In the past, I have designed ‘without a net’ at the San Diego Home and Garden Show in Del Mar. The Association of Professional Landscape Designers (APLD) annually offers clients 30 minutes of design time for the price of $30, and I have volunteered my time answering questions and preparing a few simple sketches for people. It was a fun, unusual experiment in creating instant plans for folks.
For many of those signing up, it is their first experience working with a landscape designer, and it has helped me gain some valuable insights on how those unfamiliar with the process view our profession. A few of the more generic questions posed at the show may help everyone in understanding what to expect from a landscape designer.
How long does a design take from start to finish? This depends on my backlog and, more importantly, the complexity of the design. It generally takes a minimum of 3 weeks to develop the design, but can take 2 to 3 weeks longer depending on revisions and approvals.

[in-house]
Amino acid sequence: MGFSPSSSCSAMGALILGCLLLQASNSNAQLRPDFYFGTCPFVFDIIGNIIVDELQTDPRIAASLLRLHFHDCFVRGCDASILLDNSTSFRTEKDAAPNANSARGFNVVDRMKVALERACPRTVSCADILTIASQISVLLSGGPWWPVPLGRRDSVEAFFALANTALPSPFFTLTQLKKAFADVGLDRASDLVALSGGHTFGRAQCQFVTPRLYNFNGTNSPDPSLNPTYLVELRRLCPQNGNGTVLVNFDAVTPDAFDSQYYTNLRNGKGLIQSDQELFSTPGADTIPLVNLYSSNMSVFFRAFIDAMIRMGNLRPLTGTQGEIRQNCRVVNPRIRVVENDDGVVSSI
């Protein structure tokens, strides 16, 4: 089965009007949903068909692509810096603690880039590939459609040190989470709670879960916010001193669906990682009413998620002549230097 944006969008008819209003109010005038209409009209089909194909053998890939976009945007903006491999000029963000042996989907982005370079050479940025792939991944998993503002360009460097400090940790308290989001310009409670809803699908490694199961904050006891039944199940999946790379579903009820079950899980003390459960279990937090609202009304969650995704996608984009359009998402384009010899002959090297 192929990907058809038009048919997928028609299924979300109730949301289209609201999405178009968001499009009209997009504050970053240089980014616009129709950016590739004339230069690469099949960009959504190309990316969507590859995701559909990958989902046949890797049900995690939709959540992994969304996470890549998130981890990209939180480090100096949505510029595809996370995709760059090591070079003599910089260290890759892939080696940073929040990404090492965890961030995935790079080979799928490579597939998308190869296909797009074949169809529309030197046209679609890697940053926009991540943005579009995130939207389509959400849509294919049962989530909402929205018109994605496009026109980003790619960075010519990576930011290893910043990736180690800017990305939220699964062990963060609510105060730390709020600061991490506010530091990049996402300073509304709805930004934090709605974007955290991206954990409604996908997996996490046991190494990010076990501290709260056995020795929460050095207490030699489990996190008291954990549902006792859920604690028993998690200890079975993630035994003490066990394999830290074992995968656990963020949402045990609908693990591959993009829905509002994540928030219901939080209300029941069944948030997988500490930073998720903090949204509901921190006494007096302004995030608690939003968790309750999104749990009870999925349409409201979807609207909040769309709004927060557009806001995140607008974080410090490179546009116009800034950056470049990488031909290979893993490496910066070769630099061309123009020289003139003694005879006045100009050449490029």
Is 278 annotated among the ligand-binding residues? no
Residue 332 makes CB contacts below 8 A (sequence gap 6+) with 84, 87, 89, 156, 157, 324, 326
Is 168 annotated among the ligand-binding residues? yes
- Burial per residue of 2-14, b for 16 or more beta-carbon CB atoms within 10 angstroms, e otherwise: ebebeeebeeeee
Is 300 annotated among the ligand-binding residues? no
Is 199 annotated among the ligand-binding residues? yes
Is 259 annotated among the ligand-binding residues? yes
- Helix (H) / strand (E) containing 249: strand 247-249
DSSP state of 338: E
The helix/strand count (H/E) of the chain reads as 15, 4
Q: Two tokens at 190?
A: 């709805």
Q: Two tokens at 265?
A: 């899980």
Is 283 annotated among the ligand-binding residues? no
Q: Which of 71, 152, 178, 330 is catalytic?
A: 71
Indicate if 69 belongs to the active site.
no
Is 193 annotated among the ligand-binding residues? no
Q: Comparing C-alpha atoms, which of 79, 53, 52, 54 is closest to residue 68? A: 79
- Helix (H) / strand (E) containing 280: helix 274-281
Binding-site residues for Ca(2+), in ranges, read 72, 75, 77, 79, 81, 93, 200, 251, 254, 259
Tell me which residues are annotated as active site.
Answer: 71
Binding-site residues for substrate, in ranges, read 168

What should I expect from the first meeting? During the first meeting, we get to know each other and discuss mutual ideas. We walk the site, then sit down and look at photos while exploring the range of possibilities. From those discussions, I will determine the scope of the project and set a price for the design.
How do you determine the cost of the design? The price is determined by the hours that will be spent in its preparation, including meeting times. I write a proposal that spells out the design work to be done and the price for that work. My price is firm as long as the work does not change; other designers and landscape architects may charge by the hour and simply bill for their hours without setting a cap.
What do I get from the process? This is listed in the contract. I supply the client, at minimum, with 3-5 copies of the design and, if requested, the PDF file. I often include a color plan as well. Also, 3-D images are available at an extra charge. For those with HOA requirements, I supply whatever the HOA is requesting. Since I work with a Design-Build Company, I also give clients an estimate for installation although this is technically not part of the design process.
How do I best choose who to work with? No one actually asked this but it is an important question. You should learn about the designer’s qualifications and experience. Some designers have drawn hundreds of designs while others have drawn just a few. The landscape business has a long learning curve; it is wise to choose someone with lots of tenure. The – go by your gut and choose someone who you can get along with during the months of design and construction.